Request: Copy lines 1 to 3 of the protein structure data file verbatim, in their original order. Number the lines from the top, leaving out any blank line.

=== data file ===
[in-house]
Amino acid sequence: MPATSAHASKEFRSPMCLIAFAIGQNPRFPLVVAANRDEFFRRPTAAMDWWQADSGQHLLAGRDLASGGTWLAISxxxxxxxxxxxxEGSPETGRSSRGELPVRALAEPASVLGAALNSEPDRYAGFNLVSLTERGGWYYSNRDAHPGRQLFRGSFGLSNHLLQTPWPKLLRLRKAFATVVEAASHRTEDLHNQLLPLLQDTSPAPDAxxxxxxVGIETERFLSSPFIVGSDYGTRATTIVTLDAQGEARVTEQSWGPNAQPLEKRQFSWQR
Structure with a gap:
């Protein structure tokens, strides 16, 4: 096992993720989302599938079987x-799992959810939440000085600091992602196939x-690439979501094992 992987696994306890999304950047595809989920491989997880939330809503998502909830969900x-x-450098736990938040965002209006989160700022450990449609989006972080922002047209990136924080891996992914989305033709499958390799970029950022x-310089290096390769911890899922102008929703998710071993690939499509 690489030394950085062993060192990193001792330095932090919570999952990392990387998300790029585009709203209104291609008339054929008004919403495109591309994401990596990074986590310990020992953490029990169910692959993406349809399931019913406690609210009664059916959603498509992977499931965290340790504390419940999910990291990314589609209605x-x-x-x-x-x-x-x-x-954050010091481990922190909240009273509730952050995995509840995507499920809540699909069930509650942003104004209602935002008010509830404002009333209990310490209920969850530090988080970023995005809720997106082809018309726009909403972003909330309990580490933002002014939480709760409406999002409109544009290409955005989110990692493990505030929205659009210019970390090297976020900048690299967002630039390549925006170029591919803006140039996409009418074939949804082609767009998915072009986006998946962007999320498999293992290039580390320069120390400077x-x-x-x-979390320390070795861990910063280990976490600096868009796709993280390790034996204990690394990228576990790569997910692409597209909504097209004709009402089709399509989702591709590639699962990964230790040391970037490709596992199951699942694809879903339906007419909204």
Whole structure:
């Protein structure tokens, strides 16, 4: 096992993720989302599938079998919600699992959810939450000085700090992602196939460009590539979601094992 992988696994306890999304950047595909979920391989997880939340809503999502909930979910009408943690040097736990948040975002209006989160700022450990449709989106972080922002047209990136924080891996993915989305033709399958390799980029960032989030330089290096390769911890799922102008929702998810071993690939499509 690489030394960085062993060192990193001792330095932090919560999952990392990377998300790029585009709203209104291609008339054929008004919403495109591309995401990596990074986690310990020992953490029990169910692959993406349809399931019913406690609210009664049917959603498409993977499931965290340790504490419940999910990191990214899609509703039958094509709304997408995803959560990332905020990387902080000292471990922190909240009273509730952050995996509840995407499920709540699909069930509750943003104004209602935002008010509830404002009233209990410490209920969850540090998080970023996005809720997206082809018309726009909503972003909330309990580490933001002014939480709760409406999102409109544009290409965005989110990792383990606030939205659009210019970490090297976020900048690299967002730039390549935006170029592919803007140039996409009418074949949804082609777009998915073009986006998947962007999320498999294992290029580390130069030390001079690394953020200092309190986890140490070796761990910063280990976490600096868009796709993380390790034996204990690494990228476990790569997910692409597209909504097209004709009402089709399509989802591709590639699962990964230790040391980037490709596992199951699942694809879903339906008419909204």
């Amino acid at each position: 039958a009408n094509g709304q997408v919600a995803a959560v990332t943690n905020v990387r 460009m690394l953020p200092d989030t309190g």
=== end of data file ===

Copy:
[in-house]
Amino acid sequence: MPATSAHASKEFRSPMCLIAFAIGQNPRFPLVVAANRDEFFRRPTAAMDWWQADSGQHLLAGRDLASGGTWLAISxxxxxxxxxxxxEGSPETGRSSRGELPVRALAEPASVLGAALNSEPDRYAGFNLVSLTERGGWYYSNRDAHPGRQLFRGSFGLSNHLLQTPWPKLLRLRKAFATVVEAASHRTEDLHNQLLPLLQDTSPAPDAxxxxxxVGIETERFLSSPFIVGSDYGTRATTIVTLDAQGEARVTEQSWGPNAQPLEKRQFSWQR
Structure with a gap: